Found - in A Bunch of Blue Ribbons.A Volume of Cambridge Essays [Collected by I. Rose. London: Chapman & Hall, 1933] a satirical poem lampooning the celebrated innkeeper John Fothergill. Fothergill wrote a best-seller Diary of an Innkeeper and was known to Oxford students for his inn at Thame, frequented by, among others, most of the prominent members of the Brideshead set. Oddly, he is unknown to Wikipedia but has a good entry in the DNB. His Diary was republished fairly recently by the Folio Society. A Bunch of Blue Ribbons was a sort of counter blast to a recent work Red Rags -a record of pet hatreds and aversions by bright young students at Oxford and Cambridge. This poem is in a chapter called A Sob Sister defends Oxford by Christopher Saltmarshe (a Cambridge poet also unknown to the all-knowing Wikipedia):
I am giving below a disgraceful and insulting lampoon which fell into my hands. The subject is an inn-keeper, whose name is dear to the immediate generation of Oxonians, which learnt to appreciate him as a host, an epicure and a gentleman. As an example of the depths of scurrility to which the enemies of Oxford can stoop I, as an old Cantab., believe these verses to be unparalleled.
From 'Minder' circa 1982 - Arthur Dailey leaving Otello's
Found in The Good Food Guide 1961-1962, this review of an Italian restaurant in Soho. It shows how restaurants reflect London's recent history, and although this was the beginning of the swinging 60s it was written only 15 years after WW2 ('war wounds are healing.'). Otello Scipioni died recently aged 91 and the restaurant is now called Zilli. He also owned the grander Italian restaurant Villa dei Cesari near the Tate Gallery. As the 60s progressed the Italians came to dominate the catering scene - Italian trattorias being a great hangout for the beautiful, the rich and the famous. Fortunes were made. Note the GFG's feedback system -- the names at bottom being unpaid food enthusiasts who had written in - the bit about singing waiters is probably a quote from one of them them. Longo Intervallo = long gap.
London Night and Day, illustrated by Osbert Lancaster, edited by Sam Lambert (Architectural Press, 1951)
Surely one of the most entertaining of the plethora of books brought out in the wake of the Festival of Britain. The coloured cover illustrations and the vignettes in black and white were by Osbert Lancaster, a friend of John Piper—the same John Piper who is named in a section devoted to the Festival, to which he contributed, among other things, a superb semi-abstract panorama. If you hadn’t been informed that Lancaster had designed the cover, you would have attributed it to Piper, whose style of portraying shop fronts is showcased in Buildings and Prospects, which had appeared just a few years earlier. Lancaster’s style is identical. Was Piper concerned that he was being flagrantly copied by Lancaster? Probably, but according to his biographer Frances Spalding, the two men were friends.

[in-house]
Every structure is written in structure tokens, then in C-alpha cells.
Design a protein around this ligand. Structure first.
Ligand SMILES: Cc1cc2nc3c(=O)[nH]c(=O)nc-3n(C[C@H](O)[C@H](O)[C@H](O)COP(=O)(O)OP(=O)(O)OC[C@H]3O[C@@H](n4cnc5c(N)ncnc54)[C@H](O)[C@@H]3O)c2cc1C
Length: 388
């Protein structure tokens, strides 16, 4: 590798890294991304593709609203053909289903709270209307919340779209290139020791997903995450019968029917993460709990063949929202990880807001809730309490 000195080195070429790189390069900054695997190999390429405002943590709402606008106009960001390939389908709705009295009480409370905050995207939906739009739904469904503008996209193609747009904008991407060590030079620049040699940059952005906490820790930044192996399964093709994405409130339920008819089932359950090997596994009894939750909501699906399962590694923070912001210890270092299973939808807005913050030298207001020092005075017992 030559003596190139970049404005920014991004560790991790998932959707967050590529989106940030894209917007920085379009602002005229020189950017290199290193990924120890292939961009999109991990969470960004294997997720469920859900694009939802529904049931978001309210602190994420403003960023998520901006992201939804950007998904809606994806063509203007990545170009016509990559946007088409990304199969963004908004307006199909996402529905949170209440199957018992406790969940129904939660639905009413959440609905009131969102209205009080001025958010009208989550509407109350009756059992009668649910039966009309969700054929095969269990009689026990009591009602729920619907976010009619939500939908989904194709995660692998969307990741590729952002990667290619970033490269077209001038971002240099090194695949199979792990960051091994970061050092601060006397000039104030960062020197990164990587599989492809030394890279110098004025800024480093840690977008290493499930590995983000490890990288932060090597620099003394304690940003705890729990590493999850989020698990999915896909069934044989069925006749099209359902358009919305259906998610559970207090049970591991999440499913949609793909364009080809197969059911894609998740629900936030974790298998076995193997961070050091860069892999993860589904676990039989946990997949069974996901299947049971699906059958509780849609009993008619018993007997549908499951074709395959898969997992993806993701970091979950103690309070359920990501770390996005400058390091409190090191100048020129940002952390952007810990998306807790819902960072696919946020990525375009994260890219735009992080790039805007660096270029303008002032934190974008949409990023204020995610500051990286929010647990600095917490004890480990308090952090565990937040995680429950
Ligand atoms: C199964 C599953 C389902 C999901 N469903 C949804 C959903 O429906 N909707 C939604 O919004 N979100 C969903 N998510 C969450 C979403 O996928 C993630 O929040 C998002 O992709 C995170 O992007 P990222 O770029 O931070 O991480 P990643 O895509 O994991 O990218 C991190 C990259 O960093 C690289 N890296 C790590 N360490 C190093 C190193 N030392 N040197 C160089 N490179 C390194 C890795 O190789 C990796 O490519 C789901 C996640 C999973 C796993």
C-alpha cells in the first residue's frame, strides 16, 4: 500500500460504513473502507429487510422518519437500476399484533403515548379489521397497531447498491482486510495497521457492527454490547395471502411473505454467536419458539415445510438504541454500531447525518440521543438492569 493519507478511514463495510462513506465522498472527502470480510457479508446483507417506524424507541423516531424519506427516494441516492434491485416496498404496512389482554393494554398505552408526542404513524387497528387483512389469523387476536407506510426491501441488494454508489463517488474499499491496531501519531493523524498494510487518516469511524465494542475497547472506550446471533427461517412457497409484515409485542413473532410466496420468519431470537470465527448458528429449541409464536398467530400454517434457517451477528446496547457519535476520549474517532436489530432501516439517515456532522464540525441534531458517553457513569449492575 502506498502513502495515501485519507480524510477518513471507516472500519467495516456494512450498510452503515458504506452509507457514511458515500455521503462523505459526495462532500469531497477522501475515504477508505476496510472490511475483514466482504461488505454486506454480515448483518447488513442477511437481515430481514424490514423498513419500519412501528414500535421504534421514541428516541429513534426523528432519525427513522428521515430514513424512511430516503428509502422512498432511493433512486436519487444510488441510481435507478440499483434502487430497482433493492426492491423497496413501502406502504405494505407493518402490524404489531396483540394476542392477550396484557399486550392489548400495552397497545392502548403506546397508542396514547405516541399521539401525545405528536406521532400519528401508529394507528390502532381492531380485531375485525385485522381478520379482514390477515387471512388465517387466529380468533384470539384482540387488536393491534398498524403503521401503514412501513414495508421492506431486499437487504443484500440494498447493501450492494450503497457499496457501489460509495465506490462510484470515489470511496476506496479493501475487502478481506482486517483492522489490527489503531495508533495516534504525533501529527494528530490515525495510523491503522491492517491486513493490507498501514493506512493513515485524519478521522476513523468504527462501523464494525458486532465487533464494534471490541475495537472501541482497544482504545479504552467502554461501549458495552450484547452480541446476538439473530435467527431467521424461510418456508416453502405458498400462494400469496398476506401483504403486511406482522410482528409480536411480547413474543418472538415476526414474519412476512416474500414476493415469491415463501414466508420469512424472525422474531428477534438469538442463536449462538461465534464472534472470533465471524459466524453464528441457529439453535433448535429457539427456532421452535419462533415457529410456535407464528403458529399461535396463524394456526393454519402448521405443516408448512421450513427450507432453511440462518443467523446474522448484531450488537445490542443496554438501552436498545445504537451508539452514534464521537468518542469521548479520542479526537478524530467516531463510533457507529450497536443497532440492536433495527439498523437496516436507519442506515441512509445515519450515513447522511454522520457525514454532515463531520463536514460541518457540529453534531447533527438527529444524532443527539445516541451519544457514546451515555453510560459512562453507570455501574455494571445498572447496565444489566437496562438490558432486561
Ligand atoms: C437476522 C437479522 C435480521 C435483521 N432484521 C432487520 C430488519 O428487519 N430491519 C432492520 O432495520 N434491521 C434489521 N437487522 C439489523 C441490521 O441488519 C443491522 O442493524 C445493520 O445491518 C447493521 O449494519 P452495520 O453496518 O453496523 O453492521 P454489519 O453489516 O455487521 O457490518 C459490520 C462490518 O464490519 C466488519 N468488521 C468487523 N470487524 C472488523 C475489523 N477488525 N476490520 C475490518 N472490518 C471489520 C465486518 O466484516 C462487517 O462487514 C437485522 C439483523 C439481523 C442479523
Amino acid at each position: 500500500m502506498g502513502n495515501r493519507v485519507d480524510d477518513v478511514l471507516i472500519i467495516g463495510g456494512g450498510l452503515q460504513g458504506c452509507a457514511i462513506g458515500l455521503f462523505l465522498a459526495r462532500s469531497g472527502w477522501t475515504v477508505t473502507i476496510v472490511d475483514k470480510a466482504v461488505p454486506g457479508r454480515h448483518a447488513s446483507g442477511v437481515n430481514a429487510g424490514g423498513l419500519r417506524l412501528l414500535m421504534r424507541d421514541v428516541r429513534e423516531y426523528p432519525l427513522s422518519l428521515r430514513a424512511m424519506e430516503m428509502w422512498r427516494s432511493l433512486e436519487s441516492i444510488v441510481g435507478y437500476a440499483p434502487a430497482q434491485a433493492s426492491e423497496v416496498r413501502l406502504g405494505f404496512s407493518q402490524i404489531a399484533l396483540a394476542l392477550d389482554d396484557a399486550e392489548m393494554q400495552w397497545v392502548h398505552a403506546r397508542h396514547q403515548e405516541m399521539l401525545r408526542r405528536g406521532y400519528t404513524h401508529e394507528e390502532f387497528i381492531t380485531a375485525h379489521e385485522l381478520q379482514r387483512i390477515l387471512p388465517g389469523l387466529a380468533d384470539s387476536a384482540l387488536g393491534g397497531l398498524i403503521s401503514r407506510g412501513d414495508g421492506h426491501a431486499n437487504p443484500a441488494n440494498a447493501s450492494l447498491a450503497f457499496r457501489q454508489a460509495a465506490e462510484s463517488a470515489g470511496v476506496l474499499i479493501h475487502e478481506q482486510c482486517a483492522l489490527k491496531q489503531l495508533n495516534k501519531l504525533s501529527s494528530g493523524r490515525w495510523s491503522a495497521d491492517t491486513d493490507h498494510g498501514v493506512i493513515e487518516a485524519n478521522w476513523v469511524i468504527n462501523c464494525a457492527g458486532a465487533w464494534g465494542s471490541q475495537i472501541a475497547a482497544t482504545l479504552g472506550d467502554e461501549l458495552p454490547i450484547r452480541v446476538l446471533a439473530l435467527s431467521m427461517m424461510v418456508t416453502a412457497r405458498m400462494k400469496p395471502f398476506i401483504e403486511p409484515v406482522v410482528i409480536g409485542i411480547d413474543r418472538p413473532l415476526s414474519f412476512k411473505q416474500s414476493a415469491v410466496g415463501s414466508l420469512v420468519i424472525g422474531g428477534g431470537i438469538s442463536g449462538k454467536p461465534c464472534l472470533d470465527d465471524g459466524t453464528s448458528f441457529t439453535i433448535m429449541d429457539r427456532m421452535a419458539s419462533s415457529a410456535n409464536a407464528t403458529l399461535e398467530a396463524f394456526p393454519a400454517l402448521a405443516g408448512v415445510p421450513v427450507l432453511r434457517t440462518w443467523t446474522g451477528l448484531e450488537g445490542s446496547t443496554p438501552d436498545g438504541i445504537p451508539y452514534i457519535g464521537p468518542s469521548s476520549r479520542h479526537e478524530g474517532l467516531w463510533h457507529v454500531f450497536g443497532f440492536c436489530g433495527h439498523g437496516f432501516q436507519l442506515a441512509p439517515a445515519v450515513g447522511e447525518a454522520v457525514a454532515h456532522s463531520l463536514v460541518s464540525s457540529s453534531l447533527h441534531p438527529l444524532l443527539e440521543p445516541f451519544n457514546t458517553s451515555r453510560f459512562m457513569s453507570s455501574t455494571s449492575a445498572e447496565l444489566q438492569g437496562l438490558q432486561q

The second part of a posting of a complete book How to be Happy on the Riviera by Robert Elson W. (Arrowsmith Ltd., 11 Quay Street, Bristol, 1927). There is plenty on food and restaurants (including menus and tips on coffee, ice cream and liqueurs) and some good descriptions of gamblers in Monte Carlo -
"Little old women in Victorian black silk dresses and bonnets; others attired in the fashions of twenty or thirty years ago; exotic-looking young women, wearing extravagant parodies of the fashions of to-day – some exactly like cinema vamps; women like men, and girls like boys. A duke who is a frequent visitor summed it up neatly: 'There are always a lot of queer wild-fowl about'...you may see incredibly ancient men; wild-looking men with immense manes of hair; gaunt men with sunken cheeks and bony hands who might have come out of a novel by Mrs. Radclyffe, unnatural-looking young men who might have been created by Mr. Michael Arlen; people who impress you as half crazy, others who look as if they had been dead a long time, only they don't know it.'
Forwarded to us by a loyal jot watcher. One restaurant was favoured by celebrities - Johnnie Mills, Bobby Howes, Coral Browne, Sandy Powell, Ivan Maisky and Lady Cripps - probably impressive names in their day. I especially like the bit about Lord Tredegar bringing his own jade chopsticks...
Stanley Jackson’s brief but brilliant Indiscreet Guide to Soho is crammed with so much colourful reportage on the immediately post-war night life, petty crime, Bohemian characters and restaurants in this popular quarter of London, that it is difficult to choose what to Jot down. In the end, I opted for two pages on Chinese restaurants. Jackson attributes our ‘craze‘ for eating Chinese to our sympathy for the nation’s stand against the ‘Jap Fascists‘, but the trend must surely pre-date this.
Incidentally, what happened to the redoubtable ‘Ley-On’s ?’